Instead, they seek a five-day turnaround timeline for getting preliminary test results, a process that currently takes weeks. They also want an updated oversight board with farmers, fertilizer retailers and at-large members to direct research dollars toward nutrient studies that prepare the state for future regulations. If approved by the Missouri lawmakers, the policy would go into effect in August.
By John Phipps
History Reveals How Human Greed Overshadows Cotton
It will be a while until my next book review is published, so I’ve selected a door-stopper titled “The Empire of Cotton: A Global History” that should last through the summer. Historian Sven Beckert’s often dense but very readable history of cotton cultivation and processing is truly global. Like other books on chickens and pigs I’ve written about this year, a commodity can be portrayed as the driver of world events if you line up the facts very carefully. Beckert, though, makes a powerful case for cotton, especially its domination of economics in the 19th century.
One of the most disturbing themes he raises is cotton’s plausible link to violence throughout its long history. Such violence includes forcible colonization, land expropriation, naval warfare to control trade, child labor and, of course, slavery. The demand for cotton cloth has contributed to some of the worst chapters in human history. Nor has this unfortunate trend abated as the world “races to the bottom” to produce ever cheaper clothing.
Beckert’s global perspective and meticulous scholarship provide a valuable context in which to understand today’s U.S. cotton and textile industry and to imagine its future. The arc of cotton’s checkered history does not seem to bend much, however.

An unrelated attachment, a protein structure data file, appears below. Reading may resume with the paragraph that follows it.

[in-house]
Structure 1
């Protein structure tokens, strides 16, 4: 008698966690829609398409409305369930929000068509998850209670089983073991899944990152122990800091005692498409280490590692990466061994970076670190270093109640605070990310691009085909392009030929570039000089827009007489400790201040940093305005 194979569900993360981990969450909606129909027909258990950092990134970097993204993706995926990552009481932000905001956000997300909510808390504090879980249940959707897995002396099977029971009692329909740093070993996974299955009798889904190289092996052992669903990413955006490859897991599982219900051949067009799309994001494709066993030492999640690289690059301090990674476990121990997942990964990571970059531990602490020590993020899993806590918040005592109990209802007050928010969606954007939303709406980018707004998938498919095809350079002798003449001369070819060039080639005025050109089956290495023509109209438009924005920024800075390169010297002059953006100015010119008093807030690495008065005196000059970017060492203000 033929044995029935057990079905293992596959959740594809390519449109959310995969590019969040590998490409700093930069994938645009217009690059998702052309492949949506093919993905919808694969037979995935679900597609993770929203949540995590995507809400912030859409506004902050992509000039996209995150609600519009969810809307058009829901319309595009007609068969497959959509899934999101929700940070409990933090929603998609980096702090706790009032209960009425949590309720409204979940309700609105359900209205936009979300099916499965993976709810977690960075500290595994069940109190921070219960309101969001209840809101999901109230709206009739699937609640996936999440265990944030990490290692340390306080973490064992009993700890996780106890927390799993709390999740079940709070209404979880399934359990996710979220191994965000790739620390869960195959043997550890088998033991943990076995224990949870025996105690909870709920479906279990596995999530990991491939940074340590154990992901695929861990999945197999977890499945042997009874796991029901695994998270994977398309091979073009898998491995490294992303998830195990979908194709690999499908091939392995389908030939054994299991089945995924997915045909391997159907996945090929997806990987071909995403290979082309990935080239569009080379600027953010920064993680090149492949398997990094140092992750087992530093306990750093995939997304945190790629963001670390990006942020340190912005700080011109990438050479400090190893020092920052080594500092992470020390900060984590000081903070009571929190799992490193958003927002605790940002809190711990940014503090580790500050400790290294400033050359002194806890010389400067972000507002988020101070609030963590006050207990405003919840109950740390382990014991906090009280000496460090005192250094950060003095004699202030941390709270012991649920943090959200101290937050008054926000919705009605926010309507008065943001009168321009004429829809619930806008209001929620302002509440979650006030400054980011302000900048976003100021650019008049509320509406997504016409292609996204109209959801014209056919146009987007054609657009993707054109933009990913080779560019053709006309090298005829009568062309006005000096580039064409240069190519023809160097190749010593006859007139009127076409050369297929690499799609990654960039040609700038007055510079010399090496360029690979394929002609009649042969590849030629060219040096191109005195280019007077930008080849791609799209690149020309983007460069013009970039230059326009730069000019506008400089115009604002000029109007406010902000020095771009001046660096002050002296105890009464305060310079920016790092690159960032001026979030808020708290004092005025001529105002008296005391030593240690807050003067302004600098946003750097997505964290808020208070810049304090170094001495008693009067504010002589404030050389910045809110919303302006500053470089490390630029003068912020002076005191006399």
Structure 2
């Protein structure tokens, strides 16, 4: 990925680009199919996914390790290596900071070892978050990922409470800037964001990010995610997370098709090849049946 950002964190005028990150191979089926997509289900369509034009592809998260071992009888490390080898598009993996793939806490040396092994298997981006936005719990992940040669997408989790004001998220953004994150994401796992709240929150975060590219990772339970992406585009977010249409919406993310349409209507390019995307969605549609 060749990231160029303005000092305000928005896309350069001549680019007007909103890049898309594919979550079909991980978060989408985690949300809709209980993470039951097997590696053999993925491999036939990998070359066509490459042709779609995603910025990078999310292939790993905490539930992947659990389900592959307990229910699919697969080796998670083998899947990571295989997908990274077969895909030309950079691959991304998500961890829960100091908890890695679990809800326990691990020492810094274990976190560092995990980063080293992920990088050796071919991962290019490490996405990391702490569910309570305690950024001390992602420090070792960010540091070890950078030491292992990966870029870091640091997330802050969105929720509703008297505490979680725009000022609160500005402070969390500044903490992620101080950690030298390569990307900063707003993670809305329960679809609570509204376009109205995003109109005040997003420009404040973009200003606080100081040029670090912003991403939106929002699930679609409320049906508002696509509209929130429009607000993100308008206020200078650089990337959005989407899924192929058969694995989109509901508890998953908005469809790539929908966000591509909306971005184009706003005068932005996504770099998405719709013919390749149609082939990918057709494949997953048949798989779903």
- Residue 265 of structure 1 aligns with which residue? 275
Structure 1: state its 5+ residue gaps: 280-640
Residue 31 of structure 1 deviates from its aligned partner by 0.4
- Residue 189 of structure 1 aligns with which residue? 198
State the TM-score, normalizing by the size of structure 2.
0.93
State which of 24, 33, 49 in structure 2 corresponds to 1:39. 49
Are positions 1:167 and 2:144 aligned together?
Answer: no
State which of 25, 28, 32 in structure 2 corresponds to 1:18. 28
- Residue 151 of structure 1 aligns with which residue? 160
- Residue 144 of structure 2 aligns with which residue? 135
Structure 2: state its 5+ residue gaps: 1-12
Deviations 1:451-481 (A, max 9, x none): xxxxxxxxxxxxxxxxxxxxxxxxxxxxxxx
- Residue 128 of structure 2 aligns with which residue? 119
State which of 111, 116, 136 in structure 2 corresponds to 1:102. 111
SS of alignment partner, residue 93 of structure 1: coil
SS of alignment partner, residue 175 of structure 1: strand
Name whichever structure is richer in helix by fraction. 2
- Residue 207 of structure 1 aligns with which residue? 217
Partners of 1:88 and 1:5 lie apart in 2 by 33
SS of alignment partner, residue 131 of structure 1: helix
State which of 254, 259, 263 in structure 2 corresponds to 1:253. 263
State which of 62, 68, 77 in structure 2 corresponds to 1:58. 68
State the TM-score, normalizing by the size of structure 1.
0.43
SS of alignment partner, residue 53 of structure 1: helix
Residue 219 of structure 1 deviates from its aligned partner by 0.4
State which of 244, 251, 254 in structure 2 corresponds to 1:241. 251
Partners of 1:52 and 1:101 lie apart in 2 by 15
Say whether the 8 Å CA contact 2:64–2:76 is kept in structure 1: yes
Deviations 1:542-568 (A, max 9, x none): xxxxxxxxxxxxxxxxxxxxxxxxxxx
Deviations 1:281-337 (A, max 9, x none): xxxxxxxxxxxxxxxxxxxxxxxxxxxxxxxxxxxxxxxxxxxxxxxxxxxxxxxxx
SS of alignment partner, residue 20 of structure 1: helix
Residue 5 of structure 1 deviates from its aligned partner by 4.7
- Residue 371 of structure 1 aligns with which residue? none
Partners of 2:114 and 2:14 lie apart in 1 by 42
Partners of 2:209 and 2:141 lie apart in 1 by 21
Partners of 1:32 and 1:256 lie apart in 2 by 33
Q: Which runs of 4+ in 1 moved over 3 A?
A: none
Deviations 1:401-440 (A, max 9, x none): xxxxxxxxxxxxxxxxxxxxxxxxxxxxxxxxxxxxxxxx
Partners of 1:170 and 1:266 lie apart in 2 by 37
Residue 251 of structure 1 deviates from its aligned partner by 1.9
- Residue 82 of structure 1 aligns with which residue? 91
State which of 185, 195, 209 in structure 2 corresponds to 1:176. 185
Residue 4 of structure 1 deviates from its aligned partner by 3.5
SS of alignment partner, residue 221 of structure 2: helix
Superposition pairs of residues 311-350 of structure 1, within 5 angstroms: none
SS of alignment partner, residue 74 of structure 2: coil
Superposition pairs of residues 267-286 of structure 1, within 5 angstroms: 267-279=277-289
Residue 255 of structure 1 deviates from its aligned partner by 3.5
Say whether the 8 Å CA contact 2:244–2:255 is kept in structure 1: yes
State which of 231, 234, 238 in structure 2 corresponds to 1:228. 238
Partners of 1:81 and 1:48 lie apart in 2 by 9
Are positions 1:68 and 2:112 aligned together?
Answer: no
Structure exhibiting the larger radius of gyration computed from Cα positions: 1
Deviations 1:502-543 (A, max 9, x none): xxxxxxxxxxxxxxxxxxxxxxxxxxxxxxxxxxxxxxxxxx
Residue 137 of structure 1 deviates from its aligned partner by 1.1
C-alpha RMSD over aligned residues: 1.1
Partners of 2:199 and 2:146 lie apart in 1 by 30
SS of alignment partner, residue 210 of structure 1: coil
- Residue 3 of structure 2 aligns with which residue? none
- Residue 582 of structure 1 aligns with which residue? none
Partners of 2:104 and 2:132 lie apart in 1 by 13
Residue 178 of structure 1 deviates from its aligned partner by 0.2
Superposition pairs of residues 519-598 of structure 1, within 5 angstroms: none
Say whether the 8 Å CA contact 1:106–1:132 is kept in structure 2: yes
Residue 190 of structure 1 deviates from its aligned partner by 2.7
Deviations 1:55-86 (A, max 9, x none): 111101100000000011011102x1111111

By Nate Birt
Farmland Values Slide Lower As Demand For Operating Loans Rises
Adjustments toward the downside continue to occur for farmland in many U.S. crop-growing regions, according to the latest reports from the Federal Reserve banks of Chicago, Kansas City and St. Louis. The data, which document values during the final three months of 2015, also show lower commodity prices are pushing the demand for operating loans higher even as credit availability tightens in some places.
In the I-States, Wisconsin and Michigan, for example, overall values for good farmland fell 3% during the period, “equaling its yearly decrease for 2014 and marking the first consecutive annual decline since the 1980s,” the Chicago bank notes.
Percent change in dollar value of good farmland from Jan. ’15 to Jan. ’16
The final quarter of 2015 marked the sixth straight
Recommended App: Road Trip Gas Calculator
The Road Trip Gas Calculator app from Mat Gerow Studios is about as simple yet powerful a tool as you’ll find. Its purpose: calculate how much you’ll spend in gas while on the road. Whether you’re trekking between farms and input suppliers or making other stops this spring, this tool can help you be sure of the numbers. Simply enter your average gas price, mileage per gallon on your vehicle and trip distance to get a final result.
For more information, visit agwebappfinder.com.
By the Numbers: 2015 GMO Crops
92% planted corn that’s genetically modified, down 1 percentage point from 2014
10% planted upland cotton that is only herbicide tolerant, compared to 94% of the crop representing all forms of genetic modification
94% planted soybeans that have been genetically modified, up from 87% a decade ago